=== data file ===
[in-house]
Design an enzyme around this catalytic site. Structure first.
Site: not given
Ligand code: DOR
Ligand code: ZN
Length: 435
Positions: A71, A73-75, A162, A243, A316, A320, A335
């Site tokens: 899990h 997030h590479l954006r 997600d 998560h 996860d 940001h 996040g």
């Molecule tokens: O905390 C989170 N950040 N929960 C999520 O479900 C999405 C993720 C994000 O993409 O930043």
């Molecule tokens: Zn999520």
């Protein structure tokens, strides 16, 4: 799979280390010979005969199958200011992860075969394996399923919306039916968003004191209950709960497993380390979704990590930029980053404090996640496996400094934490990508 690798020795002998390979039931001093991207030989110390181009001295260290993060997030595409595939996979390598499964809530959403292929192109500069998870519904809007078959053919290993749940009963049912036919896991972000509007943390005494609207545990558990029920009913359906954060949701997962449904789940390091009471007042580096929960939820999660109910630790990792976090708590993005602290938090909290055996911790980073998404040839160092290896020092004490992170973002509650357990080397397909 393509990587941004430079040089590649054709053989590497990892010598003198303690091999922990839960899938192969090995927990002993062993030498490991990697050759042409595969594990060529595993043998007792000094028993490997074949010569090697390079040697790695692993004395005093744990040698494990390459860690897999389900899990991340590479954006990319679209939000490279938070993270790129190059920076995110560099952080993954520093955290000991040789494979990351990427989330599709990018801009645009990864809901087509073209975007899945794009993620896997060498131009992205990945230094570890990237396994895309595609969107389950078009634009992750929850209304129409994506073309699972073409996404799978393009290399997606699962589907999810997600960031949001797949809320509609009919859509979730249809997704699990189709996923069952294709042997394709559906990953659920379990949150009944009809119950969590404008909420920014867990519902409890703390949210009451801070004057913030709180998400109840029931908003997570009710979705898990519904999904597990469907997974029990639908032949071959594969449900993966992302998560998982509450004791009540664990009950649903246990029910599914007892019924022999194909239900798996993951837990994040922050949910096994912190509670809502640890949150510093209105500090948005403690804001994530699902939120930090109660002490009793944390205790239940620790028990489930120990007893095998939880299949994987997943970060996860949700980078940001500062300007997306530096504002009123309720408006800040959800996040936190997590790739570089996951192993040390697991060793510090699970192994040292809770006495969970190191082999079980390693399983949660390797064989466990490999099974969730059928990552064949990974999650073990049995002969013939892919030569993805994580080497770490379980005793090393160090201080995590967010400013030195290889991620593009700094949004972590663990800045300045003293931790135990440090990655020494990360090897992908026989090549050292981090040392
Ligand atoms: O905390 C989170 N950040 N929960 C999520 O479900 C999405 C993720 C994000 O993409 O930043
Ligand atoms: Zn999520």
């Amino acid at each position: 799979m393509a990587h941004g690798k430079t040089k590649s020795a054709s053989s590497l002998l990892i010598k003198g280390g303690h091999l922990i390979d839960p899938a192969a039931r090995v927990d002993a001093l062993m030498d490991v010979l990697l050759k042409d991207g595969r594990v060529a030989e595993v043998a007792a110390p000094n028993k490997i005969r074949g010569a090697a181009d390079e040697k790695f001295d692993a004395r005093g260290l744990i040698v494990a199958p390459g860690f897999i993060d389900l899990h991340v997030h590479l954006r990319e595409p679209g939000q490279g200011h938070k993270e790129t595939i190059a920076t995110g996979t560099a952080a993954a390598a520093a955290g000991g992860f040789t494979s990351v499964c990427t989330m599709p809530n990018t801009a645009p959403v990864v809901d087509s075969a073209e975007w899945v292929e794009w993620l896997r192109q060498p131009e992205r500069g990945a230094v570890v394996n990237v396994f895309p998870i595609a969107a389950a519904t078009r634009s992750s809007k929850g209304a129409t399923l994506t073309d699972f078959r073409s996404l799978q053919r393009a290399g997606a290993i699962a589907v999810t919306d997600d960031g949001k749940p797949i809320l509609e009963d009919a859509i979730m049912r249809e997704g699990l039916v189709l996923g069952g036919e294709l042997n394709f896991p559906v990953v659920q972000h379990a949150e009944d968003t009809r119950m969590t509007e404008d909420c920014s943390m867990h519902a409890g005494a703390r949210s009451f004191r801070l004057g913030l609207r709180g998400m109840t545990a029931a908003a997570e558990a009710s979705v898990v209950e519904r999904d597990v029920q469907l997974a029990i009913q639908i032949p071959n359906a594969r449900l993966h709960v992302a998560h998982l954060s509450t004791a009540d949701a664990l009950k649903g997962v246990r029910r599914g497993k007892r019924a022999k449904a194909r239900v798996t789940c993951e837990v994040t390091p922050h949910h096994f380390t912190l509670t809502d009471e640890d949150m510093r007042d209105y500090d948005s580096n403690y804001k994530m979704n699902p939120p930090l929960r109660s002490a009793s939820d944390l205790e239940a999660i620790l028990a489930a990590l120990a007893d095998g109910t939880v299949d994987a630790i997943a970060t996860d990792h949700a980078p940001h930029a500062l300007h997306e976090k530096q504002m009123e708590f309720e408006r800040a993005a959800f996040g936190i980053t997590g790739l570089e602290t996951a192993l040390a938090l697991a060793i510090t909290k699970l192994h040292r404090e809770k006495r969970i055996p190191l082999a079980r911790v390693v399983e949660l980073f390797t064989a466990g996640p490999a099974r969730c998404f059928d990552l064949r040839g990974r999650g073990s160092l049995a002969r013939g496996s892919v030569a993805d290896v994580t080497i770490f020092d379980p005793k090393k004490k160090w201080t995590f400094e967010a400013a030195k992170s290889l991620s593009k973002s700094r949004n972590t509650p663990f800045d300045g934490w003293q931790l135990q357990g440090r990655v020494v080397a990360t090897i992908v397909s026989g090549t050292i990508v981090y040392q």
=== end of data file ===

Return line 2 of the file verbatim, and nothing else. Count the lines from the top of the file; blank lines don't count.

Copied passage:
Design an enzyme around this catalytic site. Structure first.